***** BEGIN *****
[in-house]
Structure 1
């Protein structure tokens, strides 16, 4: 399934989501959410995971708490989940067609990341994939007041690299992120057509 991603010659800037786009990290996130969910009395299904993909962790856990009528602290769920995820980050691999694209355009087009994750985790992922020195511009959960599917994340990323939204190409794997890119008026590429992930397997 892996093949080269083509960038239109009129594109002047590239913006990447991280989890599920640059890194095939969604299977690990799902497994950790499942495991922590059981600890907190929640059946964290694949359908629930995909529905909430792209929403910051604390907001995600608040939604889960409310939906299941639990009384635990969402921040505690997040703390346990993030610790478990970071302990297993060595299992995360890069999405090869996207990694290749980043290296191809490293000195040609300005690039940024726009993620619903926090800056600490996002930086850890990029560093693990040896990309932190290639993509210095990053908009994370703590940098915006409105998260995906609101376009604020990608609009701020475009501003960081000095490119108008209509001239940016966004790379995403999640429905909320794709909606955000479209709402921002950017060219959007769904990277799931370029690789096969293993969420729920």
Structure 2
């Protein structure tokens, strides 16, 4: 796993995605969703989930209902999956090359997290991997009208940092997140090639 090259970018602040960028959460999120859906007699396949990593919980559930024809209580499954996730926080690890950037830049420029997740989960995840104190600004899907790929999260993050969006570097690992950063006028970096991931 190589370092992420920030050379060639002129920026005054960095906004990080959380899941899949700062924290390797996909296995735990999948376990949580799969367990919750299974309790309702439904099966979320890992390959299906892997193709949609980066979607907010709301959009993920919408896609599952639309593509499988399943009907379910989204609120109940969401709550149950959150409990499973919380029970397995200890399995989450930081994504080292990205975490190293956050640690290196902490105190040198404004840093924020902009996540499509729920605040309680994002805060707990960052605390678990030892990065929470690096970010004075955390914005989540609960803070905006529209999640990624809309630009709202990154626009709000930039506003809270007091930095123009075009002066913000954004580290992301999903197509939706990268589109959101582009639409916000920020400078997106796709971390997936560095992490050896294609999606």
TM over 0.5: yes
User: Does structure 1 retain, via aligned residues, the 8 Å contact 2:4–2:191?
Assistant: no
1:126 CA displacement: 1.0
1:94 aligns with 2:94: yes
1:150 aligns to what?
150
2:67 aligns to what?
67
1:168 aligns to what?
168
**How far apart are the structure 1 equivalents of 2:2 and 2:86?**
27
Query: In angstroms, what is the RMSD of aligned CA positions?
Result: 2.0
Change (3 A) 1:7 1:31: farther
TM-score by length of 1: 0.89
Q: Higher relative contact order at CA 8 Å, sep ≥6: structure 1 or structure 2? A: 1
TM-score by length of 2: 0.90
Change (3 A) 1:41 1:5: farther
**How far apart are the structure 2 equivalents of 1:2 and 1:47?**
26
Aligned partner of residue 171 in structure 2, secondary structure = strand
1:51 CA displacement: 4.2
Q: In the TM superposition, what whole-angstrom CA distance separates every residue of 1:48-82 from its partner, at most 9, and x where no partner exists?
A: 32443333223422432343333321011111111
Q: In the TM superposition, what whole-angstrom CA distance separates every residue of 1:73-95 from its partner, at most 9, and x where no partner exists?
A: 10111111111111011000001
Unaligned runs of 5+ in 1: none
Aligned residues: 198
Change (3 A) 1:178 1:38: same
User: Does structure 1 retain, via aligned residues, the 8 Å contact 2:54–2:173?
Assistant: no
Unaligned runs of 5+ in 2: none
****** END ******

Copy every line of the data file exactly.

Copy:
[in-house]
Structure 1
């Protein structure tokens, strides 16, 4: 399934989501959410995971708490989940067609990341994939007041690299992120057509 991603010659800037786009990290996130969910009395299904993909962790856990009528602290769920995820980050691999694209355009087009994750985790992922020195511009959960599917994340990323939204190409794997890119008026590429992930397997 892996093949080269083509960038239109009129594109002047590239913006990447991280989890599920640059890194095939969604299977690990799902497994950790499942495991922590059981600890907190929640059946964290694949359908629930995909529905909430792209929403910051604390907001995600608040939604889960409310939906299941639990009384635990969402921040505690997040703390346990993030610790478990970071302990297993060595299992995360890069999405090869996207990694290749980043290296191809490293000195040609300005690039940024726009993620619903926090800056600490996002930086850890990029560093693990040896990309932190290639993509210095990053908009994370703590940098915006409105998260995906609101376009604020990608609009701020475009501003960081000095490119108008209509001239940016966004790379995403999640429905909320794709909606955000479209709402921002950017060219959007769904990277799931370029690789096969293993969420729920």
Structure 2
């Protein structure tokens, strides 16, 4: 796993995605969703989930209902999956090359997290991997009208940092997140090639 090259970018602040960028959460999120859906007699396949990593919980559930024809209580499954996730926080690890950037830049420029997740989960995840104190600004899907790929999260993050969006570097690992950063006028970096991931 190589370092992420920030050379060639002129920026005054960095906004990080959380899941899949700062924290390797996909296995735990999948376990949580799969367990919750299974309790309702439904099966979320890992390959299906892997193709949609980066979607907010709301959009993920919408896609599952639309593509499988399943009907379910989204609120109940969401709550149950959150409990499973919380029970397995200890399995989450930081994504080292990205975490190293956050640690290196902490105190040198404004840093924020902009996540499509729920605040309680994002805060707990960052605390678990030892990065929470690096970010004075955390914005989540609960803070905006529209999640990624809309630009709202990154626009709000930039506003809270007091930095123009075009002066913000954004580290992301999903197509939706990268589109959101582009639409916000920020400078997106796709971390997936560095992490050896294609999606």
TM over 0.5: yes
User: Does structure 1 retain, via aligned residues, the 8 Å contact 2:4–2:191?
Assistant: no
1:126 CA displacement: 1.0
1:94 aligns with 2:94: yes
1:150 aligns to what?
150
2:67 aligns to what?
67
1:168 aligns to what?
168
**How far apart are the structure 1 equivalents of 2:2 and 2:86?**
27
Query: In angstroms, what is the RMSD of aligned CA positions?
Result: 2.0
Change (3 A) 1:7 1:31: farther
TM-score by length of 1: 0.89
Q: Higher relative contact order at CA 8 Å, sep ≥6: structure 1 or structure 2? A: 1
TM-score by length of 2: 0.90
Change (3 A) 1:41 1:5: farther
**How far apart are the structure 2 equivalents of 1:2 and 1:47?**
26
Aligned partner of residue 171 in structure 2, secondary structure = strand
1:51 CA displacement: 4.2
Q: In the TM superposition, what whole-angstrom CA distance separates every residue of 1:48-82 from its partner, at most 9, and x where no partner exists?
A: 32443333223422432343333321011111111
Q: In the TM superposition, what whole-angstrom CA distance separates every residue of 1:73-95 from its partner, at most 9, and x where no partner exists?
A: 10111111111111011000001
Unaligned runs of 5+ in 1: none
Aligned residues: 198
Change (3 A) 1:178 1:38: same
User: Does structure 1 retain, via aligned residues, the 8 Å contact 2:54–2:173?
Assistant: no
Unaligned runs of 5+ in 2: none